Profitable Art in Modernist America
The Marshall Field’s department store in Chicago was a giant in the world of shopping. Standing in the middle of the building in the central court, you looked up several stories to a huge, gorgeous Tiffany’s Favrile glass ceiling. You kept circling around back for another free sample of Frango mints, pretending you were not a tourist as you stared up at the marble façade. The whole trip seemed ridiculously refined. (The structure and many of the brands are all still there today as a Macy’s flagship.)
Visiting the department stores at your local mall today might not strike you as artistic. Yet their history has been intertwined with trends in design and business of the decades, as shown in The American Department Store Transformed, 1920-1960 by Richard Longstreth. The lavish flagships such as Marshall Field’s, finished in the first decade of the twentieth century, were just as much a part of the modernist art movement as the Stieglitz circle and Martha Graham, according to Richard Pells in Modernist America: Art, Music, Movies, & the Globalization of American Culture. He argues that the construction of luxurious department stores, with their employees behaving like ushers at the opera and their elegant window displays mimicking art galleries, created an experience equal to other cultural pastimes. As Steven Watson noted in the Wall Street Journal, Pells has a “zest for tying together the unlikely.”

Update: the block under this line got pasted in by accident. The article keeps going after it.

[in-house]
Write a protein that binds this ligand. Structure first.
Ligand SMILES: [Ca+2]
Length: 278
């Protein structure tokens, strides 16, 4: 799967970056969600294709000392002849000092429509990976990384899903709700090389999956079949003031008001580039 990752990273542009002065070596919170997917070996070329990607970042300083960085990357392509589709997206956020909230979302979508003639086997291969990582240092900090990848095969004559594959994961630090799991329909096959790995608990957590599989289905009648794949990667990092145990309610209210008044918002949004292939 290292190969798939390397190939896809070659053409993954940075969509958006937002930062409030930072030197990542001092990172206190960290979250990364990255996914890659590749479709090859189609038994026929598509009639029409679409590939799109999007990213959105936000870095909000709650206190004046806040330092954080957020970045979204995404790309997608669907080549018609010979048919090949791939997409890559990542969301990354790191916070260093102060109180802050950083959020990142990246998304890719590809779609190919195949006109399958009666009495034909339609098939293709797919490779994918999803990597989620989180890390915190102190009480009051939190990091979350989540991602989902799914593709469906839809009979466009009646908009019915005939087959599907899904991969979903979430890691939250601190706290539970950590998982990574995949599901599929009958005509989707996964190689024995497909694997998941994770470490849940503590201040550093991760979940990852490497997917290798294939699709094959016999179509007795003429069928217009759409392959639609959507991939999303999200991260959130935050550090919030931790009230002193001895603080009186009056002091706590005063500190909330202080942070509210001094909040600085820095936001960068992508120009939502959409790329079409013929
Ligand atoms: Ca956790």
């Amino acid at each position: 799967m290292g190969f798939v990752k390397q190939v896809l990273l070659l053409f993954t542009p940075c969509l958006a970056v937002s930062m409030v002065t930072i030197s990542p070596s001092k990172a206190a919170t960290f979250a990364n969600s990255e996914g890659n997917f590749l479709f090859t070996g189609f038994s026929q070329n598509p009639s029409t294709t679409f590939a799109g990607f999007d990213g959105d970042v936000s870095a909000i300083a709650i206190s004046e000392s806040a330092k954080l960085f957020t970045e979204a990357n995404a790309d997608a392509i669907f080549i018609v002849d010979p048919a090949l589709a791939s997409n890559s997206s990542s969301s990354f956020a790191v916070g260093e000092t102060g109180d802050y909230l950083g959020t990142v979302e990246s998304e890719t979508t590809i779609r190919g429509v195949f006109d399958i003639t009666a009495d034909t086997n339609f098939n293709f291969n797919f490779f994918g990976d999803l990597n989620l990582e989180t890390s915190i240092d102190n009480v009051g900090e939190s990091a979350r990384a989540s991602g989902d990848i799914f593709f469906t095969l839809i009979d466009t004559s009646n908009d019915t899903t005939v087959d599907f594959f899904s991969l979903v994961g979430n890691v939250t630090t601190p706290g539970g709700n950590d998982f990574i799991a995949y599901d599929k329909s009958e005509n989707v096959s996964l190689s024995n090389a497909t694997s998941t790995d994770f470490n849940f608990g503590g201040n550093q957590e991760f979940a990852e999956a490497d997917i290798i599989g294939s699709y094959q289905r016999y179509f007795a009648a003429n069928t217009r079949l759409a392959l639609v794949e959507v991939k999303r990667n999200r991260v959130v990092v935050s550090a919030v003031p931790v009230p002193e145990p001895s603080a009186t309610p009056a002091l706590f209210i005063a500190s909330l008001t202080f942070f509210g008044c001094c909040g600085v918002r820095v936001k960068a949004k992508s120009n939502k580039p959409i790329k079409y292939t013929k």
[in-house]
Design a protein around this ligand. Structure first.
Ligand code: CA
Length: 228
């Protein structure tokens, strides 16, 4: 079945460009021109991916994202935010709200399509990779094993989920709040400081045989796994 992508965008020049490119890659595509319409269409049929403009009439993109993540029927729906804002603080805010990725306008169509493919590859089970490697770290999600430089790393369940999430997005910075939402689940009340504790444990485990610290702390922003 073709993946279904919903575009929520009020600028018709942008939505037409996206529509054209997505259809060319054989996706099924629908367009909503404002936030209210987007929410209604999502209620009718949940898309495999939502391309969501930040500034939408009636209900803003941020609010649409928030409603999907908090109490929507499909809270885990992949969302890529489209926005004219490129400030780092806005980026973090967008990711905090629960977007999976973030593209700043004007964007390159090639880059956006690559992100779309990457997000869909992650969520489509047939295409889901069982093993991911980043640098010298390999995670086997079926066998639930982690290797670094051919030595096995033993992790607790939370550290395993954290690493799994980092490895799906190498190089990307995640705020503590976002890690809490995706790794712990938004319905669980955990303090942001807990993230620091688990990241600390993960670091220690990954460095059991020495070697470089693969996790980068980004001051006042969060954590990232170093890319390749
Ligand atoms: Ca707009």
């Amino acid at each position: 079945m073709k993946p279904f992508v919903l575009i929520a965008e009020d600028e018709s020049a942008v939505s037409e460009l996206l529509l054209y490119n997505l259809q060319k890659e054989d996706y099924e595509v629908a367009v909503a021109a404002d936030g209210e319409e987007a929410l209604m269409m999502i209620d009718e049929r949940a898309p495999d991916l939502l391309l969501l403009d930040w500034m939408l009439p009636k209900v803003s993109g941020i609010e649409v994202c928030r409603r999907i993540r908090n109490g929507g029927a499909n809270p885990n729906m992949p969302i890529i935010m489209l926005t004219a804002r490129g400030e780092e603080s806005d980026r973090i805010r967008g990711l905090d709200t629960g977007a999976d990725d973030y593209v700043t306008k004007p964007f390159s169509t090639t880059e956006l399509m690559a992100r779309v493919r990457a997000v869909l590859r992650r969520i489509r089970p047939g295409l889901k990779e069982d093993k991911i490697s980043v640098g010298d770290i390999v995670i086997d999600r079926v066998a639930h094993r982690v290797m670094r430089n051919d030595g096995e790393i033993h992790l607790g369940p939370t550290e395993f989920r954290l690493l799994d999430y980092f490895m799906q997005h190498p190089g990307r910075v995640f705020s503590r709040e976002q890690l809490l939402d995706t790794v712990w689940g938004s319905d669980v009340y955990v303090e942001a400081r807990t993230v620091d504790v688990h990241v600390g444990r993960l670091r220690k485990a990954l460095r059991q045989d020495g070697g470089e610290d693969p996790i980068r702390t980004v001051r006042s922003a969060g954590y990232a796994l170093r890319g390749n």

The department store as a work of art was part of a larger movement in which consumerism, especially as it extended to advertising, was influenced by modernism. This profitable art, such as that produced by movie companies, ad agencies, and fashion magazines, is almost notorious today for its global exportation. Countries who receive American advertising via new communication technologies fear that the inundation will destroy their local culture.
Pells explains, though, that American production reflects other cultures, and other societies in turn disseminate American art in a manner suited to their society’s needs. The nineteenth-century flagship department stores like Marshall Field’s in Chicago and Macy’s in NYC, for example, were modeled on European emporiums. Later, in the 1950s and 1960s, British and other European films were highly successful in the United States because Hollywood was willing to distribute them. From Gershwin’s early lessons on Stravinksy and Schoenberg to Latin America and Asia’s enthusiasm for Gershwin’s jazz, modernism was only one stage in a long history of cultural exchanged between continents.